Macroscopic types of intrahepatic cholangiocarcinoma and the eighth edition of AJCC/UICC TNM staging system
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Ze-Wu Meng1,2,*, Wei Pan1,2, Hai-Jie Hong1,2, Jiang-Zhi Chen1,2 and Yan-Ling Chen1,2
1Department of Hepatobiliary Surgery, Fujian Medical University Union Hospital, Fuzhou, Fujian 350001, People’s Republic of China
2Key Laboratory of Ministry of Education for Gastrointestinal Cancer, Fujian Medical University, Fuzhou, Fujian 350001, People’s Republic of China
Yan-Ling Chen, email: email@example.com
Keywords: intrahepatic cholangiocarcinoma, macroscopic type, TNM classification, clinicopathological characteristics, prognosis
Received: June 08, 2017 Accepted: August 26, 2017 Published: September 15, 2017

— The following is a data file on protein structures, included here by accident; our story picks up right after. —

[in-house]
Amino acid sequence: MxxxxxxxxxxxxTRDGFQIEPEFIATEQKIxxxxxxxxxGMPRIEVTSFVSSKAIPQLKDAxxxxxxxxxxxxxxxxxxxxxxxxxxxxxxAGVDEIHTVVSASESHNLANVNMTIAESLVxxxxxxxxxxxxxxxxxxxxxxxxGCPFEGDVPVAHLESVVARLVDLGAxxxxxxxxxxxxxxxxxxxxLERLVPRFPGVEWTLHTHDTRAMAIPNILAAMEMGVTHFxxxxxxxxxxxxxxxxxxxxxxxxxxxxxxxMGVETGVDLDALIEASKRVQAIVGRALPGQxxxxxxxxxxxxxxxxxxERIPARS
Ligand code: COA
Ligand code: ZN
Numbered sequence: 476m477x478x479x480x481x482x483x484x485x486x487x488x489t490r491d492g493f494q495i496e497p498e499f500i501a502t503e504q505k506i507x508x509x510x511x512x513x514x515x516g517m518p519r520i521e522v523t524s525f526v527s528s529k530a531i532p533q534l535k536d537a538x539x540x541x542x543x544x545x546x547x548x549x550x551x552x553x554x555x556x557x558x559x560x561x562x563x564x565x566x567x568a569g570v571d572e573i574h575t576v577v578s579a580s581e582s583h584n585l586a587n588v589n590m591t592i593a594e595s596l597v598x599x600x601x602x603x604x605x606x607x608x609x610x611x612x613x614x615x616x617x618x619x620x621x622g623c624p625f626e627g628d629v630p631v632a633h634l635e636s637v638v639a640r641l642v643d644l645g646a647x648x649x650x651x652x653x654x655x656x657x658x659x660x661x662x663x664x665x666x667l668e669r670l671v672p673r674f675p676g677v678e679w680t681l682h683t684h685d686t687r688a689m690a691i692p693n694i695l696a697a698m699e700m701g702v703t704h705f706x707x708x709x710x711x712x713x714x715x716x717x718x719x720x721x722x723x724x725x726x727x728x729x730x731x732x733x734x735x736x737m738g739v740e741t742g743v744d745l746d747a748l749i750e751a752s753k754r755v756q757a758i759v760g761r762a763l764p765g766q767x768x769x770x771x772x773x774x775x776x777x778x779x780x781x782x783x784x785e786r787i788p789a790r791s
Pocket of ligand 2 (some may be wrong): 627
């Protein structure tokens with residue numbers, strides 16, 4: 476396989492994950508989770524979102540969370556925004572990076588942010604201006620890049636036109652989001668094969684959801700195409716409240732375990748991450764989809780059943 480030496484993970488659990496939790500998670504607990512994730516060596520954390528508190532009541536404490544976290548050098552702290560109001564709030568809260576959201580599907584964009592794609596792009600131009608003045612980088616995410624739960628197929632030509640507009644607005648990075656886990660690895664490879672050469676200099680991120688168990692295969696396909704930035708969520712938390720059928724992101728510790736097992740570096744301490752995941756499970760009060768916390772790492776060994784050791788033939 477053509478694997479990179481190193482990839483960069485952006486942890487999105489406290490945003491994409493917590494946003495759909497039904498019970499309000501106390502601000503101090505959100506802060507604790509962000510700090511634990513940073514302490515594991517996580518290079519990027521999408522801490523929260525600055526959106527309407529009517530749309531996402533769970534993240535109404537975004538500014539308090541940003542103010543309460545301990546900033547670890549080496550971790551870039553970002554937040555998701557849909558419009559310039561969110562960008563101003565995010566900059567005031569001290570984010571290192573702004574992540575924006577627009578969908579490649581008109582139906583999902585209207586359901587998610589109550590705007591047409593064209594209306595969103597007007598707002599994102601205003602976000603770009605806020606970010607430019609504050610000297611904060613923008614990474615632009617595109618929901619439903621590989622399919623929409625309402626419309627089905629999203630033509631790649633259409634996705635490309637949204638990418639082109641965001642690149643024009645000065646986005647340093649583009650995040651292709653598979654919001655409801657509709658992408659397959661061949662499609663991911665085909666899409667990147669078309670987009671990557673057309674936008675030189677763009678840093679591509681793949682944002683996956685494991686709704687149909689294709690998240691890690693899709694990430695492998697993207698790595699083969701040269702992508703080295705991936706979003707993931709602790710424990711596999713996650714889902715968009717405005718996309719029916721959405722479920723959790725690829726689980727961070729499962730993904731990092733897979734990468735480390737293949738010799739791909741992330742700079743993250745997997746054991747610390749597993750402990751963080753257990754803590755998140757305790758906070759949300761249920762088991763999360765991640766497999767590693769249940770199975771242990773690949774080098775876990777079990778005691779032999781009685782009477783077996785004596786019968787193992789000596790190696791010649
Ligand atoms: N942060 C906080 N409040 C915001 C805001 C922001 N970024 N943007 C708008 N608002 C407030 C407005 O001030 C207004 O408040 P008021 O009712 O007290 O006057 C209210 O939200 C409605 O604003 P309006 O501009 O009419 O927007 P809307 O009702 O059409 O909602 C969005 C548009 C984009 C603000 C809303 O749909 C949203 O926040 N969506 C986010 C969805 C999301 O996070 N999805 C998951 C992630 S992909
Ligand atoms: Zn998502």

The prognosis of patients with intrahepatic cholangiocarcinoma (ICC) is undefined among the different macroscopic types. This study evaluated the viability of the American Joint Committee on Cancer (AJCC) 8th edition staging classification for different macroscopic types. Utilizing the Surveillance, Epidemiology, and End Results (SEER) database, we enrolled a total of 2,679 eligible patients with an estimated 199 periductal infiltrating type of ICC (ICC-PI) patients and 2,480 mass-forming type of ICC (ICC-MF) patients. After conducting a multivariate Cox analysis, we found that the AJCC 8th edition staging system was suitable for ICC-MF patients but not for ICC-PI patients according to cancer-specific survival (CSS) and overall survival (OS). The main reason was the similar hazard ratio (HR) between the ICC-PI patients with stage I and stage II disease according to CSS (HR:0.969, P = 0.949) and OS (HR:0.832, P = 0.703). Moreover, we found that ICC-PI patients in AJCC stage I had a similar HR as ICC-MF patients in AJCC stage II according to CSS (HR: 1.208, P = 0.475) and OS (HR:1.206, P = 0.456). Therefore, we suggested that ICC-PI patients may be defined as T2, which is classified as stage II disease. This suggestion for the AJCC 8th edition staging system would be more suitable for different macroscopic types of ICC but requires further verification in prospective clinical trials.
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